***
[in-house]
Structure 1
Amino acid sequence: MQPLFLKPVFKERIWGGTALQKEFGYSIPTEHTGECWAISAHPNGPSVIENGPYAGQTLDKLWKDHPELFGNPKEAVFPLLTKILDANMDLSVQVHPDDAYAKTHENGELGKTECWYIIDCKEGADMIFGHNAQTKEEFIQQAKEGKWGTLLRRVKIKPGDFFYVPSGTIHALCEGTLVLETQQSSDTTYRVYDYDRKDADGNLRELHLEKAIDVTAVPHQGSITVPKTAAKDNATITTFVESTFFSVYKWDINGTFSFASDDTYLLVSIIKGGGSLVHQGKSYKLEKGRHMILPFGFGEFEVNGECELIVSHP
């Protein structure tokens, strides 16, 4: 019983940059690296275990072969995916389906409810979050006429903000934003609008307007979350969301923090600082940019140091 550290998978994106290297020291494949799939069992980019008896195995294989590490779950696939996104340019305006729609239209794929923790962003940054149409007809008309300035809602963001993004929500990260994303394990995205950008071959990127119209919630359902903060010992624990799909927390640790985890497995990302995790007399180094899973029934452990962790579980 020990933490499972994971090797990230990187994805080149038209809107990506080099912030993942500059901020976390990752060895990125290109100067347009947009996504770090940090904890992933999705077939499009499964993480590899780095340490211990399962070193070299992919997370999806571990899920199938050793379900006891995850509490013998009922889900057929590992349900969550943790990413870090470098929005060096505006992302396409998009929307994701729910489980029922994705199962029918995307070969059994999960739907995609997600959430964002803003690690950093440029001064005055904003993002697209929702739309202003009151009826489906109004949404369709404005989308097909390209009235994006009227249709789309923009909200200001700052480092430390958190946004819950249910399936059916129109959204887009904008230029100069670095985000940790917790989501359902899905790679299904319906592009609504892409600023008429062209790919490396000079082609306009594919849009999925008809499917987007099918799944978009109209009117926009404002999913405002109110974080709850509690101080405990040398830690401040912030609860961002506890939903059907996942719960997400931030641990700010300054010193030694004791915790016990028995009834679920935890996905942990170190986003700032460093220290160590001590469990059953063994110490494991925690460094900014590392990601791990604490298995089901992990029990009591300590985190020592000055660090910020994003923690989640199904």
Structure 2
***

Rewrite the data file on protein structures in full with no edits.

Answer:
[in-house]
Structure 1
Amino acid sequence: MQPLFLKPVFKERIWGGTALQKEFGYSIPTEHTGECWAISAHPNGPSVIENGPYAGQTLDKLWKDHPELFGNPKEAVFPLLTKILDANMDLSVQVHPDDAYAKTHENGELGKTECWYIIDCKEGADMIFGHNAQTKEEFIQQAKEGKWGTLLRRVKIKPGDFFYVPSGTIHALCEGTLVLETQQSSDTTYRVYDYDRKDADGNLRELHLEKAIDVTAVPHQGSITVPKTAAKDNATITTFVESTFFSVYKWDINGTFSFASDDTYLLVSIIKGGGSLVHQGKSYKLEKGRHMILPFGFGEFEVNGECELIVSHP
């Protein structure tokens, strides 16, 4: 019983940059690296275990072969995916389906409810979050006429903000934003609008307007979350969301923090600082940019140091 550290998978994106290297020291494949799939069992980019008896195995294989590490779950696939996104340019305006729609239209794929923790962003940054149409007809008309300035809602963001993004929500990260994303394990995205950008071959990127119209919630359902903060010992624990799909927390640790985890497995990302995790007399180094899973029934452990962790579980 020990933490499972994971090797990230990187994805080149038209809107990506080099912030993942500059901020976390990752060895990125290109100067347009947009996504770090940090904890992933999705077939499009499964993480590899780095340490211990399962070193070299992919997370999806571990899920199938050793379900006891995850509490013998009922889900057929590992349900969550943790990413870090470098929005060096505006992302396409998009929307994701729910489980029922994705199962029918995307070969059994999960739907995609997600959430964002803003690690950093440029001064005055904003993002697209929702739309202003009151009826489906109004949404369709404005989308097909390209009235994006009227249709789309923009909200200001700052480092430390958190946004819950249910399936059916129109959204887009904008230029100069670095985000940790917790989501359902899905790679299904319906592009609504892409600023008429062209790919490396000079082609306009594919849009999925008809499917987007099918799944978009109209009117926009404002999913405002109110974080709850509690101080405990040398830690401040912030609860961002506890939903059907996942719960997400931030641990700010300054010193030694004791915790016990028995009834679920935890996905942990170190986003700032460093220290160590001590469990059953063994110490494991925690460094900014590392990601791990604490298995089901992990029990009591300590985190020592000055660090910020994003923690989640199904």
Structure 2